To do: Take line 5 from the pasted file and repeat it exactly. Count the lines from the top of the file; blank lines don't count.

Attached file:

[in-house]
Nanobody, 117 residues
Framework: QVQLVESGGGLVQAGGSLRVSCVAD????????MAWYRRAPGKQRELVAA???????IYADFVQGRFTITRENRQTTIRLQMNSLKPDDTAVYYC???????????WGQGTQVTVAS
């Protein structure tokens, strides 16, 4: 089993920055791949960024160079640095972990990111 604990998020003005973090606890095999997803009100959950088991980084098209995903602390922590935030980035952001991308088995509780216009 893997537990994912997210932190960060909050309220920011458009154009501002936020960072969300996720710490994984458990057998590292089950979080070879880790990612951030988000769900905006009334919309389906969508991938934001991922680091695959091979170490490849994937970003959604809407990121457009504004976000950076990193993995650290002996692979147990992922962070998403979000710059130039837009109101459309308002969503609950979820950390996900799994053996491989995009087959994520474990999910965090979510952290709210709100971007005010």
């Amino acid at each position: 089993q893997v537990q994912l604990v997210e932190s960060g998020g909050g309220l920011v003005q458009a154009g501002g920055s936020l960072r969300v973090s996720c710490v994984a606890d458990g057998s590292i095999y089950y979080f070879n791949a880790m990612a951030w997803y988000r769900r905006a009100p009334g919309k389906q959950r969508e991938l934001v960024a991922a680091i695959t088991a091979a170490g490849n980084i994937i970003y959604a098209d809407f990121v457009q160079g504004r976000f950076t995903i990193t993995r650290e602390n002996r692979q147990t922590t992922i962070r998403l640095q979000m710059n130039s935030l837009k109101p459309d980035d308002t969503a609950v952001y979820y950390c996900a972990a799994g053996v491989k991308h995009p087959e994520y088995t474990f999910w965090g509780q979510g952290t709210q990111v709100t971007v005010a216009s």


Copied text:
């Amino acid at each position: 089993q893997v537990q994912l604990v997210e932190s960060g998020g909050g309220l920011v003005q458009a154009g501002g920055s936020l960072r969300v973090s996720c710490v994984a606890d458990g057998s590292i095999y089950y979080f070879n791949a880790m990612a951030w997803y988000r769900r905006a009100p009334g919309k389906q959950r969508e991938l934001v960024a991922a680091i695959t088991a091979a170490g490849n980084i994937i970003y959604a098209d809407f990121v457009q160079g504004r976000f950076t995903i990193t993995r650290e602390n002996r692979q147990t922590t992922i962070r998403l640095q979000m710059n130039s935030l837009k109101p459309d980035d308002t969503a609950v952001y979820y950390c996900a972990a799994g053996v491989k991308h995009p087959e994520y088995t474990f999910w965090g509780q979510g952290t709210q990111v709100t971007v005010a216009s």